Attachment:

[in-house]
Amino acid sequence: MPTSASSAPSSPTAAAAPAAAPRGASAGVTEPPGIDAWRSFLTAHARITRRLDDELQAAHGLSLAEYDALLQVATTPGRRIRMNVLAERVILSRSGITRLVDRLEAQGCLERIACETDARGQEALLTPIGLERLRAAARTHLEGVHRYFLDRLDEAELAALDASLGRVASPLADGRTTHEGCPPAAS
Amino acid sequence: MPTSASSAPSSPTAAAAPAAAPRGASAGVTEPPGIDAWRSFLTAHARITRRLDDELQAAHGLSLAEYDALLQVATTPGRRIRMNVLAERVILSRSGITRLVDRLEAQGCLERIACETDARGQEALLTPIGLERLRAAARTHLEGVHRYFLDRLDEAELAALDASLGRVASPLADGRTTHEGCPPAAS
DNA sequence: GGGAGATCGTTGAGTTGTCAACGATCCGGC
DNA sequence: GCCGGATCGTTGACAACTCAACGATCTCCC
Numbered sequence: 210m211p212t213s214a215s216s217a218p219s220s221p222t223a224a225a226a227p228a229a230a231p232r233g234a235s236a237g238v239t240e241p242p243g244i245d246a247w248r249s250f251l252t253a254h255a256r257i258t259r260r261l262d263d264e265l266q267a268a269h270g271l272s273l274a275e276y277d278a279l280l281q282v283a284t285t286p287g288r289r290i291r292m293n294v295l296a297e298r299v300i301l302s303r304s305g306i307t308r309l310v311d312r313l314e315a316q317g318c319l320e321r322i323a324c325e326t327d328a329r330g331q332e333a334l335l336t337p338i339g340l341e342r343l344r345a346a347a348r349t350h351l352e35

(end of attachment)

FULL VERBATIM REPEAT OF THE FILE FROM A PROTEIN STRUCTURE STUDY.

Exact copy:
[in-house]
Amino acid sequence: MPTSASSAPSSPTAAAAPAAAPRGASAGVTEPPGIDAWRSFLTAHARITRRLDDELQAAHGLSLAEYDALLQVATTPGRRIRMNVLAERVILSRSGITRLVDRLEAQGCLERIACETDARGQEALLTPIGLERLRAAARTHLEGVHRYFLDRLDEAELAALDASLGRVASPLADGRTTHEGCPPAAS
Amino acid sequence: MPTSASSAPSSPTAAAAPAAAPRGASAGVTEPPGIDAWRSFLTAHARITRRLDDELQAAHGLSLAEYDALLQVATTPGRRIRMNVLAERVILSRSGITRLVDRLEAQGCLERIACETDARGQEALLTPIGLERLRAAARTHLEGVHRYFLDRLDEAELAALDASLGRVASPLADGRTTHEGCPPAAS
DNA sequence: GGGAGATCGTTGAGTTGTCAACGATCCGGC
DNA sequence: GCCGGATCGTTGACAACTCAACGATCTCCC
Numbered sequence: 210m211p212t213s214a215s216s217a218p219s220s221p222t223a224a225a226a227p228a229a230a231p232r233g234a235s236a237g238v239t240e241p242p243g244i245d246a247w248r249s250f251l252t253a254h255a256r257i258t259r260r261l262d263d264e265l266q267a268a269h270g271l272s273l274a275e276y277d278a279l280l281q282v283a284t285t286p287g288r289r290i291r292m293n294v295l296a297e298r299v300i301l302s303r304s305g306i307t308r309l310v311d312r313l314e315a316q317g318c319l320e321r322i323a324c325e326t327d328a329r330g331q332e333a334l335l336t337p338i339g340l341e342r343l344r345a346a347a348r349t350h351l352e35